Problems at the Pharmacy?
Among the questions that I have been answering these first weeks of January are from readers and clients who learn that one (or more) of their medications are no longer covered on their plan for 2019 that was covered last year. Typically, there will be an alternate medication that is designed to do the same job. If your plan is not covering your medication, you should inquire from the pharmacy or from your plan if you are eligible for a transition refill which can provide you with a temporary 30-day supply of your medication so you can get a new prescription from your provider. A transition refill is typically a one-time, 30-day supply of a drug that you were taking before switching to a different Part D plan (either stand-alone or through a Medicare Advantage Plan), or before your current plan changed its coverage at the start of a new calendar year.
There are some situations where the medication is still on the plan’s formulary (list of covered drugs), but a new restriction or limitation has been added. You would typically receive a letter from your prescription plan advising you that there is now a requirement for prior authorization or step therapy. Prior Authorization will require your doctor to contact the company and justify the reason for the choice of that particular medication. It is not always a cost issue. Some medications are designed for younger aged patients, and the company is concerned with safety. Other times there are less costly alternatives. Step Therapy is a restriction that addresses this. Your provider will not be permitted to prescribe a costly drug if there are less costly alternatives. Once these alternatives have been tried and discounted, then the more expensive drug will be permitted.
Remember: All stand-alone Part D plans and Medicare Advantage Plans that offer drug coverage must provide transition refills in the above cases. When you use your transition fill, your plan must send you a written notice within three business days. The notice will tell you that the supply was temporary and that you should either change to a covered drug or file an exception request with the plan.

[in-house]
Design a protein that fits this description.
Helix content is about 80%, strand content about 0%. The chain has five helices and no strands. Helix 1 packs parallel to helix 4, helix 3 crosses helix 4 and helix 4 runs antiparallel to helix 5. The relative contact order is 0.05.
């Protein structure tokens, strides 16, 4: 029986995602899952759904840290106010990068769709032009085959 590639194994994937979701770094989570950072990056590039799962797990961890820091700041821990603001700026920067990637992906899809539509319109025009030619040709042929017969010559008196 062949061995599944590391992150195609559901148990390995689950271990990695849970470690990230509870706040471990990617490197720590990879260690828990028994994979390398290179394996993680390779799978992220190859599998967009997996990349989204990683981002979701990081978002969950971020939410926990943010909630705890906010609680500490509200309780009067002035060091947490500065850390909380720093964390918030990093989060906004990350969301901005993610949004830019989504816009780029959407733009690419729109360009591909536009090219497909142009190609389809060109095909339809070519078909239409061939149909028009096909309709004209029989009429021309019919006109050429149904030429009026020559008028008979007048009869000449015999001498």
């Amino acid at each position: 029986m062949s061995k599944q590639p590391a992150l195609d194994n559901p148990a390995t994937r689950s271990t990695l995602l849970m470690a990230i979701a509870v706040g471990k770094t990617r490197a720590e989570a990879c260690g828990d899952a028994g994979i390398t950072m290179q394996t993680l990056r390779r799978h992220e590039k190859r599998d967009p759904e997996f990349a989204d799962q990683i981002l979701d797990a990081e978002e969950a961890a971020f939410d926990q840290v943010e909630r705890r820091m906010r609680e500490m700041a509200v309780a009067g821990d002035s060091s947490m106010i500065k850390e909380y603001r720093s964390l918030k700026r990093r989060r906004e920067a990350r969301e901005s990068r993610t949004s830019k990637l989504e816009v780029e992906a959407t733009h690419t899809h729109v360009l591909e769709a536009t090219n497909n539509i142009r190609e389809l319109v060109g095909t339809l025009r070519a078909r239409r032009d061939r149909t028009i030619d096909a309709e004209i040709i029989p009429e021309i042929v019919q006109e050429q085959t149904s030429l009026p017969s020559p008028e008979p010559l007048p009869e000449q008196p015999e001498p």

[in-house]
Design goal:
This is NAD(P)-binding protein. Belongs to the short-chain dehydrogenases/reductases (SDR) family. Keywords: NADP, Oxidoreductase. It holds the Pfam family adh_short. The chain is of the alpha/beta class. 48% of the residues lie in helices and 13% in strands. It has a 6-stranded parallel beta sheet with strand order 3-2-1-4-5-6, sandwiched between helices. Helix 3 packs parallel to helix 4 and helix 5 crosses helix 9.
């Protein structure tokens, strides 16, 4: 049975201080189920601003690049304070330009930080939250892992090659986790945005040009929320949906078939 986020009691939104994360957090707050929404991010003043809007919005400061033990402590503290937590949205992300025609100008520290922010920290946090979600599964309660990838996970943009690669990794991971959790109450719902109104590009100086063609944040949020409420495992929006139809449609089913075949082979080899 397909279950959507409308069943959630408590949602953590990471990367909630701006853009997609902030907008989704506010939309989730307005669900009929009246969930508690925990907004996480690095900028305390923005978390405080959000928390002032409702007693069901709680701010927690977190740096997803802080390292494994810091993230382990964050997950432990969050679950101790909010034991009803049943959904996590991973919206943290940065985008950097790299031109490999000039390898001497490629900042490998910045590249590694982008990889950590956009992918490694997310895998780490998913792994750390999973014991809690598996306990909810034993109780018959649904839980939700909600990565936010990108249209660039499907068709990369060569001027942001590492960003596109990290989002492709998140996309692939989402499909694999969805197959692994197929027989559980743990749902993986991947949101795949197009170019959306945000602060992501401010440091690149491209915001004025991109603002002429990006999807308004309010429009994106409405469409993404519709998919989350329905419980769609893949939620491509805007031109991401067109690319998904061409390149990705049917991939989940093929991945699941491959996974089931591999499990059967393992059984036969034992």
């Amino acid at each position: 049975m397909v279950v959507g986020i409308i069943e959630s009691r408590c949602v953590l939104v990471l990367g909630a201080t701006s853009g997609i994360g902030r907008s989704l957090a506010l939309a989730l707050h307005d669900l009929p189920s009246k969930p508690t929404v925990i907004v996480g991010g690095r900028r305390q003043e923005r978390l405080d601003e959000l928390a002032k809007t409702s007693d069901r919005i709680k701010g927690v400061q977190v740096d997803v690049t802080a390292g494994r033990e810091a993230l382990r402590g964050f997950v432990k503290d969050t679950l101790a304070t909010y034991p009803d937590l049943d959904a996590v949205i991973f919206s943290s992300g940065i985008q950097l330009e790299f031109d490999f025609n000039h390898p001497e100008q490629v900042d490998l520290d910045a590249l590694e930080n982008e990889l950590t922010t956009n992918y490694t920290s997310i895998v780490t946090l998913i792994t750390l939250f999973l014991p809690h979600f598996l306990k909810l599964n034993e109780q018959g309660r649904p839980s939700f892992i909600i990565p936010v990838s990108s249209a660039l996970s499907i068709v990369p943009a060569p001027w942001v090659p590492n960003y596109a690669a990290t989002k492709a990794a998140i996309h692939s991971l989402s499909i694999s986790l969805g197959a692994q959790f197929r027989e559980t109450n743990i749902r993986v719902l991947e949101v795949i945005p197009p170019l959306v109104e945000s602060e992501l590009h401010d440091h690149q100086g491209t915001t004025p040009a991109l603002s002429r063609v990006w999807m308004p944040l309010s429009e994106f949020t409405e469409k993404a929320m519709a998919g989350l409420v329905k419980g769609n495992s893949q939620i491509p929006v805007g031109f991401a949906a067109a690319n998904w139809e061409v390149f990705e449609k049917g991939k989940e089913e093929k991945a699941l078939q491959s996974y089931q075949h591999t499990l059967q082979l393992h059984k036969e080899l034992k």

New 7 Day Rule for Opioids. Many states have been instituting regulations for control of the use of various pain medications over the past several years. Effective January 1, 2019, Medicare is instituting new opioid prescribing policies that will impact Medicare Part D beneficiaries with a prescription drug benefit and their prescribers…7-day supply limit for opioid naïve patients: Part D plans are expected to limit initial opioid dispensing to a 7-day supply or less. After the 7-day prescription has been filled, then the traditional 30 day at a time supply will resume. It appears that if you have changed Medicare prescription plans (either stand-alone Prescription Drug Plans -PDP’s or Medicare Advantage HMO’s) you will fall into this 7-day situation. Also, if you had not received a (restricted) pain medication in the last 90 days you will be subjected to the new rule.
Pharmacies also have guidance as to the maximum number of specific medications they can dispense in a given month, and the pharmacists are encouraged to telephone doctors to confirm written prescriptions. CVS Caremark instructs their branch pharmacies, “When max quantity limits are exceeded, the claim will reject with the following or similar message: <<75: Prior Authorization Required>>. Pharmacists should reach out to prescribers by phone to communicate the rejection and understand whether the quantity can be reduced within limits, or if a PA will be requested. Confirm correct directions and dose with prescribers if reducing the quantity.
With physicians, pharmacies and insurance companies all working to reduce the misuse of opioids, I trust it will stem the tide of abuse. It is a pity that the people who really need these strong medications will be forced to go through the hoops to obtain the relief then need and deserve.
My thanks to The Medicare Rights Center and CVS Caremark for data used in this article.
Harry P. Thal, MA, is a licensed insurance broker in California (0621106) and 27 other states. His offices are in Kernville. He is a member of the Society of Certified Senior Advisors and Past-President of the Kern Association of Health Underwriters. He may be reached at 760-376-2100, e-mail email@example.com or visit him on the web at www.harrythal.com.